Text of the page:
Housing Affordability: Borrowers Take a Hit from Rising Interest RatesPosted: July 17, 2018 By : Knowledge Bureau Staff Writers
Posted in: Strategic Thinking, Financial Literacy, knowledge bureau, interest rates, Bank of canada, Evelyn Jacks, financial services, Canadian banks, mortgage rates, mortgage interest, prime interest rate, overnight rate, variable rate mortgage, lending rates
The hot housing market (especially in Vancouver and Toronto) has long thwarted home ownership dreams for many Canadians. In fact, RBC’s July report on housing trends and affordability reveals that the average Canadian household requires almost half its total income to cover home ownership costs.
Now, with the July 11 Bank of Canada interest rate increase to 1.5 percent and the big banks’ subsequent increases, home ownership – and mortgage renewal - is even more expensive. But sound financial planning and debt management consultation can help.
In Vancouver, that 48.4 percent national average rises to an astronomical 87.8 percent, and in Toronto 74.2 percent of household income goes towards covering the costs of owning your own home, making affordability a major issue in two of Canada’s largest markets. The report notes that outside of the hottest markets in the country, the burden of ownership costs remains more or less consistent with historical norms, but the trend towards rising interest rates is changing that picture.
The July 11 rate increase marked the fourth successive hike after a long period of declining or consistently low interest rates. The historically low interest rate environment helped to boost the affordability of housing in Canada over the past decade, but the tide is now turning as rates creep back up, outpacing any gains in household income. According to the RBC report, “Because they apply from coast to coast, higher interest rates pressured affordability in all markets across Canada.”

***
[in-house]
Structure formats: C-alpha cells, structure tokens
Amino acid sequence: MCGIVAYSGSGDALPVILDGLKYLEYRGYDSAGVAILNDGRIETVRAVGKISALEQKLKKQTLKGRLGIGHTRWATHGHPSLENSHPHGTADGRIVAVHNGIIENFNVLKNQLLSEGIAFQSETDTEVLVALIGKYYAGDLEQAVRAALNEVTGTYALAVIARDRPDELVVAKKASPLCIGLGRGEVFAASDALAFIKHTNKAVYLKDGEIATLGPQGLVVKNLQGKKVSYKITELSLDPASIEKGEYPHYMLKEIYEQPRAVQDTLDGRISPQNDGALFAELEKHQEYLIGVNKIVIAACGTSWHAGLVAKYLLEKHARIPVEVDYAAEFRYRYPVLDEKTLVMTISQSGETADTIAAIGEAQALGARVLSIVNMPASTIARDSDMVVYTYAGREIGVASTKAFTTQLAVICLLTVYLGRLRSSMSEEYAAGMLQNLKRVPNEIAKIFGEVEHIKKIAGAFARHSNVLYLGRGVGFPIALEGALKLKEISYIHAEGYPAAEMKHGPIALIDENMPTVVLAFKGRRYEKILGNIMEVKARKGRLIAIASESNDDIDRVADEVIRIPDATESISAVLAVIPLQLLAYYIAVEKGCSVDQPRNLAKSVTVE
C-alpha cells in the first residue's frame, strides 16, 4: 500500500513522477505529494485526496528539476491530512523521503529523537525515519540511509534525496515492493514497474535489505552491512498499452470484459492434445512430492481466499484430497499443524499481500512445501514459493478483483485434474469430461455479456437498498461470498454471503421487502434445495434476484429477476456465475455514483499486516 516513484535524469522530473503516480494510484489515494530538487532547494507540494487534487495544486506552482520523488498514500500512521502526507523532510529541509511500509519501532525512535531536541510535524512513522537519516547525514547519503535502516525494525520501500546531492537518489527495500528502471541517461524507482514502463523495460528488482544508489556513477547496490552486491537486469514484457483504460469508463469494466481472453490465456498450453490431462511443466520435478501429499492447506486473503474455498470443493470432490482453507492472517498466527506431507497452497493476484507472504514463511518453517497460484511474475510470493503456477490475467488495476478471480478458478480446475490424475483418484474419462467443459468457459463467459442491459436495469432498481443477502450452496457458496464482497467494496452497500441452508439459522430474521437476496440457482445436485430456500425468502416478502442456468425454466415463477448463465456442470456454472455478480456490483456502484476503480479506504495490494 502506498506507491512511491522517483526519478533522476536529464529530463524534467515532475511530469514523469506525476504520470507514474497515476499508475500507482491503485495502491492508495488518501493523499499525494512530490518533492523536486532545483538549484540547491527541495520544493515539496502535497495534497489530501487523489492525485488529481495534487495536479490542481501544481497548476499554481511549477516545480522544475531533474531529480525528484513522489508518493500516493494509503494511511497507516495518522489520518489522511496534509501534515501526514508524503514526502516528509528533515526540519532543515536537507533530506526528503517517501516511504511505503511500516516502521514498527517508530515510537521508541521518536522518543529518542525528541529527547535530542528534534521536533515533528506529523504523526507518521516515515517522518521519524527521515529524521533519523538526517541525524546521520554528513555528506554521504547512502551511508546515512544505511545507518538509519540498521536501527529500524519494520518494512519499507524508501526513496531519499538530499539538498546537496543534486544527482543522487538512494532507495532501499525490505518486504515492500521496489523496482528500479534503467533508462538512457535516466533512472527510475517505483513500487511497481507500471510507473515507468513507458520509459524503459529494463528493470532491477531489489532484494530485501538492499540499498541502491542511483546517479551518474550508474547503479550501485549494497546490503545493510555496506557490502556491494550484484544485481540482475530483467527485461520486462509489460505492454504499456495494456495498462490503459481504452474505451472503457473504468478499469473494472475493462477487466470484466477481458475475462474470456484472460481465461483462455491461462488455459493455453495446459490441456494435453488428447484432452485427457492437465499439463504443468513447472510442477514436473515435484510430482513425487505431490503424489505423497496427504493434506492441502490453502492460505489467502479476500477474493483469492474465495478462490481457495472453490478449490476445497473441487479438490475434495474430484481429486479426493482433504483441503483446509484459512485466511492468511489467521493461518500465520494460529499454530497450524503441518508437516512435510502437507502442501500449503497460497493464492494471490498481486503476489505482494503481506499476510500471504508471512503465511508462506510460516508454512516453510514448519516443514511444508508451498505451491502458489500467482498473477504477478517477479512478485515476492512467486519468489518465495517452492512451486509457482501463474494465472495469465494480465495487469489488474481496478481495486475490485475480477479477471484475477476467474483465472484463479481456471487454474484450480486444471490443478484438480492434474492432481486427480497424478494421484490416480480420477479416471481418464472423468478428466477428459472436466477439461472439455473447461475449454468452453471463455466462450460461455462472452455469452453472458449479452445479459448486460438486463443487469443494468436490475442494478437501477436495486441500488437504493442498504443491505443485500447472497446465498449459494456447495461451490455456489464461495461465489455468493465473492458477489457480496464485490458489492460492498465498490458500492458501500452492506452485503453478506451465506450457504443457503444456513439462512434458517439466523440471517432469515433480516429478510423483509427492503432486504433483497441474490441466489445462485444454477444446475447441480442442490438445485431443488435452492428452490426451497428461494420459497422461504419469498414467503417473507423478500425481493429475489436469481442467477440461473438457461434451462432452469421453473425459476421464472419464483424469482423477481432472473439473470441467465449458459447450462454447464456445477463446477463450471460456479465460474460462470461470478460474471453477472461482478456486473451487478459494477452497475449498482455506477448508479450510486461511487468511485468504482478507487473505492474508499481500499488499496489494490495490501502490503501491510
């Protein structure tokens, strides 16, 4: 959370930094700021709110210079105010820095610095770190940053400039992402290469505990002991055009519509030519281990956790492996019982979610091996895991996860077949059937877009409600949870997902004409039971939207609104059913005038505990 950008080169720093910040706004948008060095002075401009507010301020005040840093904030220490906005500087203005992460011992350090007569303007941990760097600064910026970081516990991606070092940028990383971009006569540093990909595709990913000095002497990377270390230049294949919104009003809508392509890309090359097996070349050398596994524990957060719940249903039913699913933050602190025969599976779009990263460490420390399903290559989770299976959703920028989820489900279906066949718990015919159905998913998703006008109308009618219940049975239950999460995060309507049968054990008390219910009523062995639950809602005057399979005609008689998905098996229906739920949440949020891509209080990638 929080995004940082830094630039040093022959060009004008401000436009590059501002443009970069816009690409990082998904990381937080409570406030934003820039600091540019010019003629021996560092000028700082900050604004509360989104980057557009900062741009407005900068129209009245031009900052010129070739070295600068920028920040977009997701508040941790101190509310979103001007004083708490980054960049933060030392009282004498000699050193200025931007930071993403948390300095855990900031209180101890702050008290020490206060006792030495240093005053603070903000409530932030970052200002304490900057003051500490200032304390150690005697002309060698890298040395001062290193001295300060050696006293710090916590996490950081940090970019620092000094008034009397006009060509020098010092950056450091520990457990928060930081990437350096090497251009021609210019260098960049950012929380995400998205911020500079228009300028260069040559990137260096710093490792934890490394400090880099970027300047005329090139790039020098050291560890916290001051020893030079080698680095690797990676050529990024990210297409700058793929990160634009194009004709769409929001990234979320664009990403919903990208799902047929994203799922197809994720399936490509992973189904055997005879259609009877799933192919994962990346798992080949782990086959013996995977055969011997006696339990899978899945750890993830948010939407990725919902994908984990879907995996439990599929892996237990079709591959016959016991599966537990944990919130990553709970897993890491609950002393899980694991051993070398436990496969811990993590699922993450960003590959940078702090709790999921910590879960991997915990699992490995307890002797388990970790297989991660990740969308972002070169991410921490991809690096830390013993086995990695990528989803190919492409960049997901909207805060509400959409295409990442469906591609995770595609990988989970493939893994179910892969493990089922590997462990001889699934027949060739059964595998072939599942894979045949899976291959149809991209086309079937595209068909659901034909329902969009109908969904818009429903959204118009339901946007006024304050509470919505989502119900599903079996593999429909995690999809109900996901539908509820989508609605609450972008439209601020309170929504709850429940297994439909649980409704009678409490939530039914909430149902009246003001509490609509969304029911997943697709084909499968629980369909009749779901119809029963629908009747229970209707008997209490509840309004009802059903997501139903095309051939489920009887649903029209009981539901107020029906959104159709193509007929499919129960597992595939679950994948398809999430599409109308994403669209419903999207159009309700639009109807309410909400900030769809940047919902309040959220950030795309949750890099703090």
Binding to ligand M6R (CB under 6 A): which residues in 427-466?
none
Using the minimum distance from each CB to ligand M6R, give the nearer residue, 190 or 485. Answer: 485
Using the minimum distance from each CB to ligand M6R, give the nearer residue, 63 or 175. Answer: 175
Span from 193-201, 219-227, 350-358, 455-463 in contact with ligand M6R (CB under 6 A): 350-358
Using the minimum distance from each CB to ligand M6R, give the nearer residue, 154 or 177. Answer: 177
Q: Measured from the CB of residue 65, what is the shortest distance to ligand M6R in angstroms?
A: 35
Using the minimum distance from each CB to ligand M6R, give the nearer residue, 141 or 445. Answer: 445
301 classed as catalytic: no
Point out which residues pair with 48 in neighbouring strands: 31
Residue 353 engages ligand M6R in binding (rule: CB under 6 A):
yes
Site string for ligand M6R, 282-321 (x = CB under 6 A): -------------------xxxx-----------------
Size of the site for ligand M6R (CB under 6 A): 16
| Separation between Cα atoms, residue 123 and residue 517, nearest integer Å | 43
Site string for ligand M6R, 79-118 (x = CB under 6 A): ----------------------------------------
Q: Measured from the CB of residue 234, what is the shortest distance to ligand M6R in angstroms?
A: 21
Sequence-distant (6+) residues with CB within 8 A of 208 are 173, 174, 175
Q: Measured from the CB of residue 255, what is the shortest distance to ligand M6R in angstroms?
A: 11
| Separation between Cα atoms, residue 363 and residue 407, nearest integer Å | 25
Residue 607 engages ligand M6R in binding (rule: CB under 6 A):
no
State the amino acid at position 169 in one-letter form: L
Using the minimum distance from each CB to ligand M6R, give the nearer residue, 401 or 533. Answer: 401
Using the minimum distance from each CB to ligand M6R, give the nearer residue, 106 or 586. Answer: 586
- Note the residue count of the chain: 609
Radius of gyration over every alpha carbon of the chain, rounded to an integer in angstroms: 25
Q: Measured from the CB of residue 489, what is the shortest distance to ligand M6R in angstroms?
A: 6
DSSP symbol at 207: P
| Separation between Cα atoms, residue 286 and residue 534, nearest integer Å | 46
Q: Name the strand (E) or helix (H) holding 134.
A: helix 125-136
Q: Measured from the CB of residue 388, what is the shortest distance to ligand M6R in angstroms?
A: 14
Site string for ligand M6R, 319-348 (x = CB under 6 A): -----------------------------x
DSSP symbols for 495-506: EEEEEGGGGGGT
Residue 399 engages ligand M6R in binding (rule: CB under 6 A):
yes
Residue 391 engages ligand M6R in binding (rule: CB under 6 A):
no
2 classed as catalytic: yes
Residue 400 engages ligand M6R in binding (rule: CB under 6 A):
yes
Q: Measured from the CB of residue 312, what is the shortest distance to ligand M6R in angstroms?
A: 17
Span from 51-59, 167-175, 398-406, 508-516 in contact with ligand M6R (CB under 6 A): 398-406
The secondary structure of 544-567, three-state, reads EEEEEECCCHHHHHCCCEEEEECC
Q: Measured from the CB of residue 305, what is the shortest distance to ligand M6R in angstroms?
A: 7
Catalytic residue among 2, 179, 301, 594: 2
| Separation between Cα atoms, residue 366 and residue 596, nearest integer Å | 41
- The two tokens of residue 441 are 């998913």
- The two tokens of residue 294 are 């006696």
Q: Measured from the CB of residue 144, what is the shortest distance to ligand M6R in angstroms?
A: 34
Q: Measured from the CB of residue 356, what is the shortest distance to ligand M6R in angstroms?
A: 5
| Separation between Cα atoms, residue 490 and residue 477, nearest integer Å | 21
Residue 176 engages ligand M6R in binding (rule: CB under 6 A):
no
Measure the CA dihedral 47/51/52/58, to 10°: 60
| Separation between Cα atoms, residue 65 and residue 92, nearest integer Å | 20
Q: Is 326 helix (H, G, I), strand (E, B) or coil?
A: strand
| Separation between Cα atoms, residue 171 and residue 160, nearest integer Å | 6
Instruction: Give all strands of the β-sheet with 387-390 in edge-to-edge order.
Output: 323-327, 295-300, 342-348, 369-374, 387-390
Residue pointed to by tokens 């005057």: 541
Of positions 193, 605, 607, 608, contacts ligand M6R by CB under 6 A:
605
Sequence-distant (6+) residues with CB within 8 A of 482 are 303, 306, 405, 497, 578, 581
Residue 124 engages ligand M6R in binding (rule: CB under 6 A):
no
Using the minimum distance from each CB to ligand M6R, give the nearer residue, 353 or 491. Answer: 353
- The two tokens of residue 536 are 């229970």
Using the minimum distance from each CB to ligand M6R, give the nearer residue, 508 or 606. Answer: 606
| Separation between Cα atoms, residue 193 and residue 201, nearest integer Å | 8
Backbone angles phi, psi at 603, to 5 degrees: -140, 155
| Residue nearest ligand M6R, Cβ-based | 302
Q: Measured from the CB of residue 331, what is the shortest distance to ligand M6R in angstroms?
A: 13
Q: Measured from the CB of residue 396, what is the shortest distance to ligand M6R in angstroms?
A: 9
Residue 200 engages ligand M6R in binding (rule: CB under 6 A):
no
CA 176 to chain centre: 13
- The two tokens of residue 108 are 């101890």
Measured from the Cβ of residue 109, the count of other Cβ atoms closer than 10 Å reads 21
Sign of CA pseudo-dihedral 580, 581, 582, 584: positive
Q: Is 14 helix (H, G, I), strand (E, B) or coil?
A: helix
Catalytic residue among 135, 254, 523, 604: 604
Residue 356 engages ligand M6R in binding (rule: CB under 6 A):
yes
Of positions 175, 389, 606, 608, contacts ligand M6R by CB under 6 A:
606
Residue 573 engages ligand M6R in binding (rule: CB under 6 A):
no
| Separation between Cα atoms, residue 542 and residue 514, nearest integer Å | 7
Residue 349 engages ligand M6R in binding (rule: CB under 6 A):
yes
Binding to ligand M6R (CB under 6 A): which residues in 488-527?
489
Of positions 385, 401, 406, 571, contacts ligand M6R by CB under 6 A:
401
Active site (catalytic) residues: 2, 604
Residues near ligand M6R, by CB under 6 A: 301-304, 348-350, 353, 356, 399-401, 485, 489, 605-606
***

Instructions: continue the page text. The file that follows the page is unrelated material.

RBC cites rising interest rates as the main culprit affecting affordability of housing, and predicts that the Bank of Canada will proceed with a series of hikes that could see the overnight rate rise to 2.25 percent in the first half of 2019. And each increase spawns the big banks to follow suit. The day after the Bank of Canada’s announcement, Royal Bank, TD, Bank of Montreal, Bank of Nova Scotia, CIBC and National Bank all hiked their prime lending rates from 3.45 to 3.7 percent.
Rising interest rates will put increasing pressure on millions of Canadians, not only limiting the affordability of home ownership, but also negatively impacting anyone who is carrying debt of any kind. Now is the time to have some serious conversations with your clients before rising interest rates compromise their ability to service their debt. You can help them be proactive with their debt management, and beyond—finding ways to build wealth even in more challenging economic times ahead.
Additional educational resources:
Knowledge Bureau’s Debt and Cash Flow Management course is an excellent place to start in this area, and can lead to several designations, including MFA-Retirement Services Specialist and DFA-Bookkeeping Services Specialist. And our Real Wealth Manager designation program puts debt management in the context of a broader, holistic approach to family wealth planning.
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